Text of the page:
A student pilot is practicing slow flight, stall entries, and stall recoveries prior to a scheduled checkride. During the recovery from a power-on stall, the trainee lowers the angle of attack to regain airspeed and control effectiveness, as always, and is returning the trainer to level flight when an unexpected wail emanates from the stall-warning system.
What’s going on?
If the student applied forward elevator pressure too aggressively during the stall recovery, airspeed may have increased rapidly, especially with power on. Then, if back pressure was excessive, or abruptly applied, during the recovery to level flight, the wing’s angle of attack may have approached or exceeded the critical angle, producing the warning of an incipient secondary stall.
A glance at the airspeed indicator during the nose-down phase of the recovery might have shown the needle well into the yellow arc, trending toward VNE, the aircraft’s never exceed airspeed, signified by the red line at the top of the airspeed range. VNE is defined on Page 10-17 of the Pilot’s Handbook of Aeronautical Knowledge as "the speed which should never be exceeded. If flight is attempted above this speed, structural damage or structural failure may result."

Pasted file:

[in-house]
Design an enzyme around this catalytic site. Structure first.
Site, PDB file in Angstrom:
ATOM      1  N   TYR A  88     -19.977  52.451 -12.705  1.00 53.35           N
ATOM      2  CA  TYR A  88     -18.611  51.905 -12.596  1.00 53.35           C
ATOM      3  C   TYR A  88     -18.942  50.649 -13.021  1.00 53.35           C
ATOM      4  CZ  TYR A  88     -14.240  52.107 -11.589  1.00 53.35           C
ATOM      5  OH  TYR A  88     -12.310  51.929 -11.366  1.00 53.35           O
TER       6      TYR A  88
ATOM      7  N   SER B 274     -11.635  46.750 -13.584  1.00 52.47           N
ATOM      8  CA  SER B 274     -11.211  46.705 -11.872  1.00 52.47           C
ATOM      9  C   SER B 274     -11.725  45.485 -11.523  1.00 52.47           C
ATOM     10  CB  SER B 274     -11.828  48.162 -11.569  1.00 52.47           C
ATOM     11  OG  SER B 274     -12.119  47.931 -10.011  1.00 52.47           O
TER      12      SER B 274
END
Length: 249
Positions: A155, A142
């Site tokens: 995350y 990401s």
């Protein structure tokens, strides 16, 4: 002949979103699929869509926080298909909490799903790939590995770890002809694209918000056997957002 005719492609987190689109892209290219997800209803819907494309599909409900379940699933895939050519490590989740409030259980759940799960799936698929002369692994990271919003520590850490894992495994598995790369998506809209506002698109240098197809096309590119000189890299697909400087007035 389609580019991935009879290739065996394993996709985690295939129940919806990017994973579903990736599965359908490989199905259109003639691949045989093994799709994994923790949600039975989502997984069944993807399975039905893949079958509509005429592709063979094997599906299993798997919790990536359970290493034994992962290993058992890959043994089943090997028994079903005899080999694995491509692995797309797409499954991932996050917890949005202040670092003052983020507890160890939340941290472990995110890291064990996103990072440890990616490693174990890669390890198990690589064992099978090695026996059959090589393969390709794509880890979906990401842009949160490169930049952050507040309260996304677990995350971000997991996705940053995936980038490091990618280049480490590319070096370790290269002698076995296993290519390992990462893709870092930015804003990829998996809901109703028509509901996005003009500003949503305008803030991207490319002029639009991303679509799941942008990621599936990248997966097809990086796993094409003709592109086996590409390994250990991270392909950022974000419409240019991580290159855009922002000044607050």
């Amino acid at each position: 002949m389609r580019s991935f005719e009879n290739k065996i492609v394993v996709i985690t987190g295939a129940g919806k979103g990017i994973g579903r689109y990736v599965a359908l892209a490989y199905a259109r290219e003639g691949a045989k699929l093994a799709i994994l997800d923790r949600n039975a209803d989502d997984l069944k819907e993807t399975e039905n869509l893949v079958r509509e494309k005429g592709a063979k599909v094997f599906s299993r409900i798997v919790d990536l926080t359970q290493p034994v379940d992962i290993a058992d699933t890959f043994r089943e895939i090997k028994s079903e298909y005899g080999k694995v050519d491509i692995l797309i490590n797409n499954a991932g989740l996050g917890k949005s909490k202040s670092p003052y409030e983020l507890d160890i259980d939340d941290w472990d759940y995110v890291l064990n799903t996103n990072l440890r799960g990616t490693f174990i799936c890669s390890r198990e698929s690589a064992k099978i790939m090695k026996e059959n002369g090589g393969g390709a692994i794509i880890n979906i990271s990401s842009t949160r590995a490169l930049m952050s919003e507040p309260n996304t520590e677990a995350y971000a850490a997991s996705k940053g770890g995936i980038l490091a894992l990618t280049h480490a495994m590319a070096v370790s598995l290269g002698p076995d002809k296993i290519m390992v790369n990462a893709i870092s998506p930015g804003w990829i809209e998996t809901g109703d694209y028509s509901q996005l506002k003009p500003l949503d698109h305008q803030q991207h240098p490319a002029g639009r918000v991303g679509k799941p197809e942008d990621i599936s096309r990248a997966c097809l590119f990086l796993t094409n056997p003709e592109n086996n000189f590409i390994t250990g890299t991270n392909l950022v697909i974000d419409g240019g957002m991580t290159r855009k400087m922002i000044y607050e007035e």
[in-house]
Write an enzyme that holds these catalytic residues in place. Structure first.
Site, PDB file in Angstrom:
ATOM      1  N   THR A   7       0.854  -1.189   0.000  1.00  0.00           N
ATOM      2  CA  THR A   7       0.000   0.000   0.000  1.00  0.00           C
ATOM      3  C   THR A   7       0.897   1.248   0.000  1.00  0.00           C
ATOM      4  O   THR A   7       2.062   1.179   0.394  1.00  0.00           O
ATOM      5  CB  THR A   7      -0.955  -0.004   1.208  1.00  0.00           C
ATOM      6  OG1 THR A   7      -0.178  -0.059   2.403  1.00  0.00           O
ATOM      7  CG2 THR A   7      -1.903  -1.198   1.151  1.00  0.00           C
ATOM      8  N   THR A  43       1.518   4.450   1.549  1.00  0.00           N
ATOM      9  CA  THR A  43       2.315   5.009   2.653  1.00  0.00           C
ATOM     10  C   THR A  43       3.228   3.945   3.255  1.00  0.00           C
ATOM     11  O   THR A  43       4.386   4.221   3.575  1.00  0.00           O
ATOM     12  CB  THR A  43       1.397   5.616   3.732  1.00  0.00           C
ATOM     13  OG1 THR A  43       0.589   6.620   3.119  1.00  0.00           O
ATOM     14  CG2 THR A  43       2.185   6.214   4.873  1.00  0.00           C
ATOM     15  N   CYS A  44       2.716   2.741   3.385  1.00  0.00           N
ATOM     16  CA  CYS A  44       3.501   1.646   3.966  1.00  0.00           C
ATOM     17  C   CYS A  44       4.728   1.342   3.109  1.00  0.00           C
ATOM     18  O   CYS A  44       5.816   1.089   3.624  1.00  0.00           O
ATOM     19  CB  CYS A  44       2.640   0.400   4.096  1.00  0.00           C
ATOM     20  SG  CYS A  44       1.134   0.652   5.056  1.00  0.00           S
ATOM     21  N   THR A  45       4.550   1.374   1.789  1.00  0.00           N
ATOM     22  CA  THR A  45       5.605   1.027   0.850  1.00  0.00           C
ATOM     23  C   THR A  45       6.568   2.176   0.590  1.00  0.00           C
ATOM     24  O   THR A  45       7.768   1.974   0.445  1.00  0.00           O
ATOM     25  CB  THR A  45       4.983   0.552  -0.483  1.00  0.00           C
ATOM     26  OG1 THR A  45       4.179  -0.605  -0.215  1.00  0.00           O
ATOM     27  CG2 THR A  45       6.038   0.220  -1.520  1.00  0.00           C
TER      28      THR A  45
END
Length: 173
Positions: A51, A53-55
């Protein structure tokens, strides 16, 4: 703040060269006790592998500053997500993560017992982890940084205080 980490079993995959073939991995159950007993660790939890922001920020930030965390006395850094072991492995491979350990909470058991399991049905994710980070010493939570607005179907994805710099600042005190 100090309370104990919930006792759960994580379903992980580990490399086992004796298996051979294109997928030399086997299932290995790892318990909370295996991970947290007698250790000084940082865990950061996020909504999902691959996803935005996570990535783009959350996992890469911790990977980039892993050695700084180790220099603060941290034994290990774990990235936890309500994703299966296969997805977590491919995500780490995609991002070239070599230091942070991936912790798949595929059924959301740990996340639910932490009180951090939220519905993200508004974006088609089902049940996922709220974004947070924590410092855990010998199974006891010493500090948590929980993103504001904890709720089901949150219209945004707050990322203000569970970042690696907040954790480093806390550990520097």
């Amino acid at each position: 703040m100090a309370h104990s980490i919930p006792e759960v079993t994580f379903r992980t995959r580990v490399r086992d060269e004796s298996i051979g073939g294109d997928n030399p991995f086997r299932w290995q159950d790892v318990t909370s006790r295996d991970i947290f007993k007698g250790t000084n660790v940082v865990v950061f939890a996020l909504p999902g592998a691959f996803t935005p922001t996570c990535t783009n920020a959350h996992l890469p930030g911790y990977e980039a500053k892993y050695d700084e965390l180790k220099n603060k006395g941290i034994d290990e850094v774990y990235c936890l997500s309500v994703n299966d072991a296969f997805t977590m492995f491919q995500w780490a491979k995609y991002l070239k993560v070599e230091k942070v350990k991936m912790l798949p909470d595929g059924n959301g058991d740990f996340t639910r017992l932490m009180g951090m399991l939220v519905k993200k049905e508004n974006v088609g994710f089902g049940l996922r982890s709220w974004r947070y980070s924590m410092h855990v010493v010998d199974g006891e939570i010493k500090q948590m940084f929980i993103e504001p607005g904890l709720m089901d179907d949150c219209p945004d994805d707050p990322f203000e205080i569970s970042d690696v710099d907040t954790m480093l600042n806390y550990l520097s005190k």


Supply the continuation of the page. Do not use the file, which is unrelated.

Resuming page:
Of all the airspeeds a pilot learns when reviewing the trainer’s pilot’s operating handbook, this one may seem the simplest to grasp. It may also seem the most remote from normal operations—but its hazards could present themselves suddenly, as the example given above illustrates.
The VNE for a 1980 Cessna 152, according to its pilot’s operating handbook, is 149 KIAS. That’s well above speeds in the normal cruise range, and far in excess of the aircraft’s maximum structural cruising speed (VNO) of 111 knots.
That much margin might make an airspeed excursion toward VNE seem unlikely. But in scenarios such as recovering from a stall, a spin, or a spiral dive (the latter typically resulting from loss of control after inadvertent flight into instrument meteorological conditions) airspeed would increase quickly toward the critical value. The pilot must recognize the potential hazard and execute a delicate recovery, to avoid imposing a critical load on the airframe.
Give that risk the respect it deserves. This expanded description of VNE explains how the value is devised, and notes that in such a risky neighborhood, "a baby's breath will cause the aircraft to exceed its limit load factor, and structural damage will result."